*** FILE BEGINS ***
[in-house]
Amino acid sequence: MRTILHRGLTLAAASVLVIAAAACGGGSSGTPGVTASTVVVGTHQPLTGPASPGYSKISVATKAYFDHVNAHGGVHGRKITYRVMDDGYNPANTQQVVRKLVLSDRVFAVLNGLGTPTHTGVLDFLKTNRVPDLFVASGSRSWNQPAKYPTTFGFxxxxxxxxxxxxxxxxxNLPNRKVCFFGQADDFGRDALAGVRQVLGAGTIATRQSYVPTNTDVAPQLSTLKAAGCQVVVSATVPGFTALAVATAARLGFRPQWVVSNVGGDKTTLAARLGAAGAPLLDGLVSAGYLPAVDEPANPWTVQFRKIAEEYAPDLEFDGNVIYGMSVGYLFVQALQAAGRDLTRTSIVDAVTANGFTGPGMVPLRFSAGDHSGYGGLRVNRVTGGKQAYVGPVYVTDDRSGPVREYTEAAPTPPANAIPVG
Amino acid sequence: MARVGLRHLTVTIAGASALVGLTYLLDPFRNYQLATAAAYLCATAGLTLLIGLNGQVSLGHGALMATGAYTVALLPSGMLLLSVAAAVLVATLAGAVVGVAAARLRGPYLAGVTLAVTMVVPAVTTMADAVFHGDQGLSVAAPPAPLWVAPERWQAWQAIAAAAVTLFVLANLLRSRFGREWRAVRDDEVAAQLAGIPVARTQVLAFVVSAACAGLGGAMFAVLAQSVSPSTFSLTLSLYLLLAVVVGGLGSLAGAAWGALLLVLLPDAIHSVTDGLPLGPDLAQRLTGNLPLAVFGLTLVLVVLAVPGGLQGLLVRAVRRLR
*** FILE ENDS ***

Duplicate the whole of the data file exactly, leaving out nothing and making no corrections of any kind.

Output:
[in-house]
Amino acid sequence: MRTILHRGLTLAAASVLVIAAAACGGGSSGTPGVTASTVVVGTHQPLTGPASPGYSKISVATKAYFDHVNAHGGVHGRKITYRVMDDGYNPANTQQVVRKLVLSDRVFAVLNGLGTPTHTGVLDFLKTNRVPDLFVASGSRSWNQPAKYPTTFGFxxxxxxxxxxxxxxxxxNLPNRKVCFFGQADDFGRDALAGVRQVLGAGTIATRQSYVPTNTDVAPQLSTLKAAGCQVVVSATVPGFTALAVATAARLGFRPQWVVSNVGGDKTTLAARLGAAGAPLLDGLVSAGYLPAVDEPANPWTVQFRKIAEEYAPDLEFDGNVIYGMSVGYLFVQALQAAGRDLTRTSIVDAVTANGFTGPGMVPLRFSAGDHSGYGGLRVNRVTGGKQAYVGPVYVTDDRSGPVREYTEAAPTPPANAIPVG
Amino acid sequence: MARVGLRHLTVTIAGASALVGLTYLLDPFRNYQLATAAAYLCATAGLTLLIGLNGQVSLGHGALMATGAYTVALLPSGMLLLSVAAAVLVATLAGAVVGVAAARLRGPYLAGVTLAVTMVVPAVTTMADAVFHGDQGLSVAAPPAPLWVAPERWQAWQAIAAAAVTLFVLANLLRSRFGREWRAVRDDEVAAQLAGIPVARTQVLAFVVSAACAGLGGAMFAVLAQSVSPSTFSLTLSLYLLLAVVVGGLGSLAGAAWGALLLVLLPDAIHSVTDGLPLGPDLAQRLTGNLPLAVFGLTLVLVVLAVPGGLQGLLVRAVRRLR